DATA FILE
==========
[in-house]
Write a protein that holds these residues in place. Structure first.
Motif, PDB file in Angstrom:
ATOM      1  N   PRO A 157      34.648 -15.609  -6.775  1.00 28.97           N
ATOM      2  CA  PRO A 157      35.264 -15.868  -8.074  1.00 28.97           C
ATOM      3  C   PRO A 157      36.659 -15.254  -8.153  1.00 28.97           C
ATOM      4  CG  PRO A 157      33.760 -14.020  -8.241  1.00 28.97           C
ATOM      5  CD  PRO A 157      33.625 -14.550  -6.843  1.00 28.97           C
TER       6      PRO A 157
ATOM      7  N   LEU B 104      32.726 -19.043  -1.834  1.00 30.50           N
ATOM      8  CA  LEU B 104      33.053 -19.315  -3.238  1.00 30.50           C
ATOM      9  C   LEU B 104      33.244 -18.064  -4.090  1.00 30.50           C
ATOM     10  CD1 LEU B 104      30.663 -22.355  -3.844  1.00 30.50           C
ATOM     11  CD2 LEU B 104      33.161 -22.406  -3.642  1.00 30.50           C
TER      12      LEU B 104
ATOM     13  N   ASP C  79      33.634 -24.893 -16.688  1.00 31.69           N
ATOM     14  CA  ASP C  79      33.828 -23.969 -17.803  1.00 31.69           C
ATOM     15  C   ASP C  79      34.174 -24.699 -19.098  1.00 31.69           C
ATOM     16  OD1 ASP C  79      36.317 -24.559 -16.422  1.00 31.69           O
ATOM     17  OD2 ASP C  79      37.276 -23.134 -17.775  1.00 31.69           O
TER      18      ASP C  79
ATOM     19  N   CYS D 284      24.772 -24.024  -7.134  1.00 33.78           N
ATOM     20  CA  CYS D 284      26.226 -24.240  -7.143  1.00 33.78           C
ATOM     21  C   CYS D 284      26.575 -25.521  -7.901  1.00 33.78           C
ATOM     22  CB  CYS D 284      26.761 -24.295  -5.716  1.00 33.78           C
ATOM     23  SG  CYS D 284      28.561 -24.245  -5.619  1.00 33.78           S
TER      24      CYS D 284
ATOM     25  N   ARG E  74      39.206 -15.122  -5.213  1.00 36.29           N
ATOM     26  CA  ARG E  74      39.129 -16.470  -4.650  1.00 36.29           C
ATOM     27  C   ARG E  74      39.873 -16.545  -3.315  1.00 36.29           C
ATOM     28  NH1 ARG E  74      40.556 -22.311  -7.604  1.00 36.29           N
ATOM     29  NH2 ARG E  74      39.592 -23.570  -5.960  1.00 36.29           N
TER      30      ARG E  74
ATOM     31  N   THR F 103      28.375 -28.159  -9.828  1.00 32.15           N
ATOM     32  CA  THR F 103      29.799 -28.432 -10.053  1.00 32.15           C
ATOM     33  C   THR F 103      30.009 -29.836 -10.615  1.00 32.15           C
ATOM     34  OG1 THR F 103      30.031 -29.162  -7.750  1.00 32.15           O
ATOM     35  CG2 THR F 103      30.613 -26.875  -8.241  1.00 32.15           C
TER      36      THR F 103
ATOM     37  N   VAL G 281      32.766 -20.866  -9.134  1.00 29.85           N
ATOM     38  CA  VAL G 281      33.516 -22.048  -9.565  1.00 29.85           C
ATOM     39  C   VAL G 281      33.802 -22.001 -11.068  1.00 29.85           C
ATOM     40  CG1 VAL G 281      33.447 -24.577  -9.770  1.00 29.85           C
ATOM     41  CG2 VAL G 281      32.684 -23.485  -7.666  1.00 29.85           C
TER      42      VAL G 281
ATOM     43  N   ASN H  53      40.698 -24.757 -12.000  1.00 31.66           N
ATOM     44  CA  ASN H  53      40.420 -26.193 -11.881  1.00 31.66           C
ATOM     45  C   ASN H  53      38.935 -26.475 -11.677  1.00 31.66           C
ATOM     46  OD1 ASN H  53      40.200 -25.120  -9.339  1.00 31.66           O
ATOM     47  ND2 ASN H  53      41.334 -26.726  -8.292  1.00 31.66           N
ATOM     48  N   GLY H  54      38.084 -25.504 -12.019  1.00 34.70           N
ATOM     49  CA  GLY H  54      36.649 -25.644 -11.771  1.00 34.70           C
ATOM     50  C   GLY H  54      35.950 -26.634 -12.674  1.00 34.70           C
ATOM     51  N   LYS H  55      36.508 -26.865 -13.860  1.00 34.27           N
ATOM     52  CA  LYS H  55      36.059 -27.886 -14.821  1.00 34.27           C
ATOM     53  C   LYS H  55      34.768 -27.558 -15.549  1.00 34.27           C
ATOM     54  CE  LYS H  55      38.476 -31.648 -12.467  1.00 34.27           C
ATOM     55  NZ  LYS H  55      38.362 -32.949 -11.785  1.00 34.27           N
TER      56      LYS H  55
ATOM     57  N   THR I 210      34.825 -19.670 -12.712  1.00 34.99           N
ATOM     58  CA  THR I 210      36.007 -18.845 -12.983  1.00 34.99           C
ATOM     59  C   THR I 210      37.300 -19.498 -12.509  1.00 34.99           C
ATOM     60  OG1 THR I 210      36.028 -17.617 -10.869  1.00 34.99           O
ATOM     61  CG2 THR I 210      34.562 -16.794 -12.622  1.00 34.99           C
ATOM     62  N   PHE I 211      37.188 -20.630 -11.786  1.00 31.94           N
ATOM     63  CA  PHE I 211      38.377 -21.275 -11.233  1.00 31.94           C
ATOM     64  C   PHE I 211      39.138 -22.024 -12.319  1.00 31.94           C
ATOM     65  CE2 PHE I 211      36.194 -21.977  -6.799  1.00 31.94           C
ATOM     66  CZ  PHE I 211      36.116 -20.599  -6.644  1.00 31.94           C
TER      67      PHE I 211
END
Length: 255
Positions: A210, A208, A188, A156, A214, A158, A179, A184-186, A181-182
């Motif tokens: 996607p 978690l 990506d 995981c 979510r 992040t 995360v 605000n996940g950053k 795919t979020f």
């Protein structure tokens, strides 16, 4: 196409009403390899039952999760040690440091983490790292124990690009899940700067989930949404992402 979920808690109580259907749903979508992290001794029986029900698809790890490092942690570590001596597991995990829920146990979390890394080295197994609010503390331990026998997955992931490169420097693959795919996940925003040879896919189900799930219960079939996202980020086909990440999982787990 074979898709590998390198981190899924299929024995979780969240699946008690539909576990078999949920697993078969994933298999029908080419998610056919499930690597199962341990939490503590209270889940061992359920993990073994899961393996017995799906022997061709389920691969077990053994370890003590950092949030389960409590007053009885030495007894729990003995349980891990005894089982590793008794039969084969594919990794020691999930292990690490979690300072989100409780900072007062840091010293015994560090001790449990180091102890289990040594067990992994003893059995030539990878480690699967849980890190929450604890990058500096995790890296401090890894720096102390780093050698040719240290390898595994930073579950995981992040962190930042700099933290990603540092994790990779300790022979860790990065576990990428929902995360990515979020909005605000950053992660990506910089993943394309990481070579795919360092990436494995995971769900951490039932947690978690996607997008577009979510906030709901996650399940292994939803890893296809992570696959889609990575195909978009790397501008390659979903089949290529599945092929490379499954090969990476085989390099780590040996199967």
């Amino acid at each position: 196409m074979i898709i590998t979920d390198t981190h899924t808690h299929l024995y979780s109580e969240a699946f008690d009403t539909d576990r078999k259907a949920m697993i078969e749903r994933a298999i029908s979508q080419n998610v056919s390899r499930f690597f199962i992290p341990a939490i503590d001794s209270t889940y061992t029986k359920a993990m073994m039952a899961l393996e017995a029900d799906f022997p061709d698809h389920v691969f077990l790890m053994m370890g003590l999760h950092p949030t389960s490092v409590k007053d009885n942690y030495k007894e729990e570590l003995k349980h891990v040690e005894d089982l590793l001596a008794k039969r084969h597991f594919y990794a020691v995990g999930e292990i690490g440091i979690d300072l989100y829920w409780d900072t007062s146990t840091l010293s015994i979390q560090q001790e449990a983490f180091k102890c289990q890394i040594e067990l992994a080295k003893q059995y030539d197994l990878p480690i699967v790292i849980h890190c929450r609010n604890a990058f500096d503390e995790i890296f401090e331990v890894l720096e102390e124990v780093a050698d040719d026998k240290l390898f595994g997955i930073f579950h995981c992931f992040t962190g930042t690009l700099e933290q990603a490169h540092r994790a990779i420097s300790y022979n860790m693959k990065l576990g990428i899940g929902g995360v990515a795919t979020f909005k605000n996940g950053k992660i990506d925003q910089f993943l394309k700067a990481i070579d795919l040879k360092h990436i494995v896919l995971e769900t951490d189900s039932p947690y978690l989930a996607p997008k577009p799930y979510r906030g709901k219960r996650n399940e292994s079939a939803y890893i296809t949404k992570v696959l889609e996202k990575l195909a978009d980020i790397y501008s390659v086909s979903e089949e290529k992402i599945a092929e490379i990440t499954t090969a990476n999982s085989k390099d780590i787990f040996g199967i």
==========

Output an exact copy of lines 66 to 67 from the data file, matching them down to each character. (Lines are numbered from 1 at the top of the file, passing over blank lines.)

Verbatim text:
ATOM     63  CA  PHE I 211      38.377 -21.275 -11.233  1.00 31.94           C
ATOM     64  C   PHE I 211      39.138 -22.024 -12.319  1.00 31.94           C